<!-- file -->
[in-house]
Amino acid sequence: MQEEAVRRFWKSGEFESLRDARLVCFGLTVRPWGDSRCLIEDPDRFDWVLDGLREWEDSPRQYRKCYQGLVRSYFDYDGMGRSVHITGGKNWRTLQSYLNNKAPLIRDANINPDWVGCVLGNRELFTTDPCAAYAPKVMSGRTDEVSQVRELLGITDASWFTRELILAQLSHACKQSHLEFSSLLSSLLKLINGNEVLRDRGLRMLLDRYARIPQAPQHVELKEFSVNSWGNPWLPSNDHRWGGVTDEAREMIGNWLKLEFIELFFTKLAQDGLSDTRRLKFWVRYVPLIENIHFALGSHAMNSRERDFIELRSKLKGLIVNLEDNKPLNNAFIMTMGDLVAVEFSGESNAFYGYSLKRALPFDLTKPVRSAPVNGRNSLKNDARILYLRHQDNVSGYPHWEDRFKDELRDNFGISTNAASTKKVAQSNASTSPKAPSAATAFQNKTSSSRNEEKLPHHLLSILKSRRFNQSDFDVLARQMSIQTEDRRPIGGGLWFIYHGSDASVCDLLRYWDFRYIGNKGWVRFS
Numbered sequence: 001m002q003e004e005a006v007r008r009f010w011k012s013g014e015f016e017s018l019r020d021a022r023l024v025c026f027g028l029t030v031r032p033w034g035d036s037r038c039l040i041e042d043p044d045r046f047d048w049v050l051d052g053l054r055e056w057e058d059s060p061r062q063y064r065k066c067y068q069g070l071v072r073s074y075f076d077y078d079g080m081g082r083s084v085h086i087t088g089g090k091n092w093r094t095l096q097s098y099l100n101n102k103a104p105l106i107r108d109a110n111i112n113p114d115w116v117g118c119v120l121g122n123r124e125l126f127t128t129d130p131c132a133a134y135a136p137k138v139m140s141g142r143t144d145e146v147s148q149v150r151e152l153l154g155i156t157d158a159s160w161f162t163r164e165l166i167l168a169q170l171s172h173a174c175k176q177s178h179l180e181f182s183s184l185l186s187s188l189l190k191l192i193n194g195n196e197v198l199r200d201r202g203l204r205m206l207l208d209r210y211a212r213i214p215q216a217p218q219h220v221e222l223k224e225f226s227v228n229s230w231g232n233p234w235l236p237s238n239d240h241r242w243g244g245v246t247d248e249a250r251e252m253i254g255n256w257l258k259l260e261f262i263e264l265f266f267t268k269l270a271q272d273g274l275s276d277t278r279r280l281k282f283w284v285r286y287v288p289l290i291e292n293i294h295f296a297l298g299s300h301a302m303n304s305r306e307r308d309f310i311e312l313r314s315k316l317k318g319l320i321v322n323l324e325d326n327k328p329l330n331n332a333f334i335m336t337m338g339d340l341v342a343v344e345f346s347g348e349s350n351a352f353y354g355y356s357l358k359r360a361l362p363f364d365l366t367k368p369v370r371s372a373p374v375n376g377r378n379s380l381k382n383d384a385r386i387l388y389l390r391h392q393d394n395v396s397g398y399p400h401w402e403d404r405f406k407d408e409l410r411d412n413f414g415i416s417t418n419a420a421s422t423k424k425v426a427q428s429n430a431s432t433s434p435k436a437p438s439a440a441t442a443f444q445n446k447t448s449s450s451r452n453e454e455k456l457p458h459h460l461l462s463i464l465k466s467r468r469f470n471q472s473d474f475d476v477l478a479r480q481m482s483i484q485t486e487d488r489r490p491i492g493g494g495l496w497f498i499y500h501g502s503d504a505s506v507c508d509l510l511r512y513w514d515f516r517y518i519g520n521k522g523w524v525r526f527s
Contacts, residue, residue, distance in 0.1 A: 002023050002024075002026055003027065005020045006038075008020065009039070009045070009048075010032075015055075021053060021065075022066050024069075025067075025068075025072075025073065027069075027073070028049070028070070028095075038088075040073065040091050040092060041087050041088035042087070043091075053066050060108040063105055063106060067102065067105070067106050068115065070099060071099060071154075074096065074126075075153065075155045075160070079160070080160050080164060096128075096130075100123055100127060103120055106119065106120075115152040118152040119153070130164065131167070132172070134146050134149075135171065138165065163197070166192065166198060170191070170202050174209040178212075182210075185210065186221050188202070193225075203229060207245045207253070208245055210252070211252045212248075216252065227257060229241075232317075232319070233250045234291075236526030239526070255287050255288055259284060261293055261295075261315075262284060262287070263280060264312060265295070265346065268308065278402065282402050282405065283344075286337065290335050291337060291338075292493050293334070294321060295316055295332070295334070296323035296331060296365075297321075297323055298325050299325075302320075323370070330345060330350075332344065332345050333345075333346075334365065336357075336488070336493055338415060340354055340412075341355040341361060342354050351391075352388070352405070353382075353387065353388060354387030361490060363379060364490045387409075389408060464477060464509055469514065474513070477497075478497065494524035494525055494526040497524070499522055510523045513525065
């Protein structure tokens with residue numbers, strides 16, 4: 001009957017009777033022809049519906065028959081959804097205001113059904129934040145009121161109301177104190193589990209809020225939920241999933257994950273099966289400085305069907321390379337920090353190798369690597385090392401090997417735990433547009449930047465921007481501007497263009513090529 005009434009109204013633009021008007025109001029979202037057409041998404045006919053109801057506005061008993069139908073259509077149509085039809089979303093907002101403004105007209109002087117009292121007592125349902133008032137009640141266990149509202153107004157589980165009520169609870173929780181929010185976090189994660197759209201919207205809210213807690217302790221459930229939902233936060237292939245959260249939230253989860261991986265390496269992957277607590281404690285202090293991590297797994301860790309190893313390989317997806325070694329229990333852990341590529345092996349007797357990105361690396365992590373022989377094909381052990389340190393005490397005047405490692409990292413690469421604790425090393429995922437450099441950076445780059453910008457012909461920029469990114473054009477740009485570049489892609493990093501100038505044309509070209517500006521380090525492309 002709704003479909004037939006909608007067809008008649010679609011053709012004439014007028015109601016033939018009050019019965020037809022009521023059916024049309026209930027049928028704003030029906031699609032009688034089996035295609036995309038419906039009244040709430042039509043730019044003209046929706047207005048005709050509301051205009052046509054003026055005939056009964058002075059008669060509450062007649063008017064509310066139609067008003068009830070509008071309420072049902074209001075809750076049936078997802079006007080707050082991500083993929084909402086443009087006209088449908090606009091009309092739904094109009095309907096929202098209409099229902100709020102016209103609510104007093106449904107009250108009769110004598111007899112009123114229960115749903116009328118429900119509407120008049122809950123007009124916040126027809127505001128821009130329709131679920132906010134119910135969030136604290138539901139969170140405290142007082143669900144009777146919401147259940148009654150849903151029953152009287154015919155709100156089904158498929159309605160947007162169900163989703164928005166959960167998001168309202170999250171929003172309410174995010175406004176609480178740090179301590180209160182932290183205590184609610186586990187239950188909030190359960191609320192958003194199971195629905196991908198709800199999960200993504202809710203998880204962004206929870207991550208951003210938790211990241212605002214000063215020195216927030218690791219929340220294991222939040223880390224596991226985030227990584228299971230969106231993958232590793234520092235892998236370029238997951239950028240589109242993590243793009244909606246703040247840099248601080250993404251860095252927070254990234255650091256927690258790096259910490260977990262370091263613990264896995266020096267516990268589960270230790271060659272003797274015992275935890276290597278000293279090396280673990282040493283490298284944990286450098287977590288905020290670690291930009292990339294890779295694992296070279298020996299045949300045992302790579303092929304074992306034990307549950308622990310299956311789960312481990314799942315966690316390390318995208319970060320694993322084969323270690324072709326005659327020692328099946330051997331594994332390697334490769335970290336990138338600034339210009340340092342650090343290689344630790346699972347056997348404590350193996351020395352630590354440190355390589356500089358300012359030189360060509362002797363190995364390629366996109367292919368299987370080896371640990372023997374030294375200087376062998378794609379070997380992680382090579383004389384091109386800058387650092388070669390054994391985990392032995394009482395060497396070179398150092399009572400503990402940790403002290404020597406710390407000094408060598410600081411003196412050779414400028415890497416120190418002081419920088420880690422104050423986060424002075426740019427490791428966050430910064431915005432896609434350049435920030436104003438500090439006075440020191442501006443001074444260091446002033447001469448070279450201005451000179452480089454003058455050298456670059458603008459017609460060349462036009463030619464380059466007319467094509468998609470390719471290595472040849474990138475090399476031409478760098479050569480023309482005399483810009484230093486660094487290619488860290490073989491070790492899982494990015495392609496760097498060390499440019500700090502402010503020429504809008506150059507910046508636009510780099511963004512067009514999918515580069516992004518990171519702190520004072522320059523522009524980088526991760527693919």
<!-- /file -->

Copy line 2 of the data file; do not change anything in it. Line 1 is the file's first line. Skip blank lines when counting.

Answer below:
Amino acid sequence: MQEEAVRRFWKSGEFESLRDARLVCFGLTVRPWGDSRCLIEDPDRFDWVLDGLREWEDSPRQYRKCYQGLVRSYFDYDGMGRSVHITGGKNWRTLQSYLNNKAPLIRDANINPDWVGCVLGNRELFTTDPCAAYAPKVMSGRTDEVSQVRELLGITDASWFTRELILAQLSHACKQSHLEFSSLLSSLLKLINGNEVLRDRGLRMLLDRYARIPQAPQHVELKEFSVNSWGNPWLPSNDHRWGGVTDEAREMIGNWLKLEFIELFFTKLAQDGLSDTRRLKFWVRYVPLIENIHFALGSHAMNSRERDFIELRSKLKGLIVNLEDNKPLNNAFIMTMGDLVAVEFSGESNAFYGYSLKRALPFDLTKPVRSAPVNGRNSLKNDARILYLRHQDNVSGYPHWEDRFKDELRDNFGISTNAASTKKVAQSNASTSPKAPSAATAFQNKTSSSRNEEKLPHHLLSILKSRRFNQSDFDVLARQMSIQTEDRRPIGGGLWFIYHGSDASVCDLLRYWDFRYIGNKGWVRFS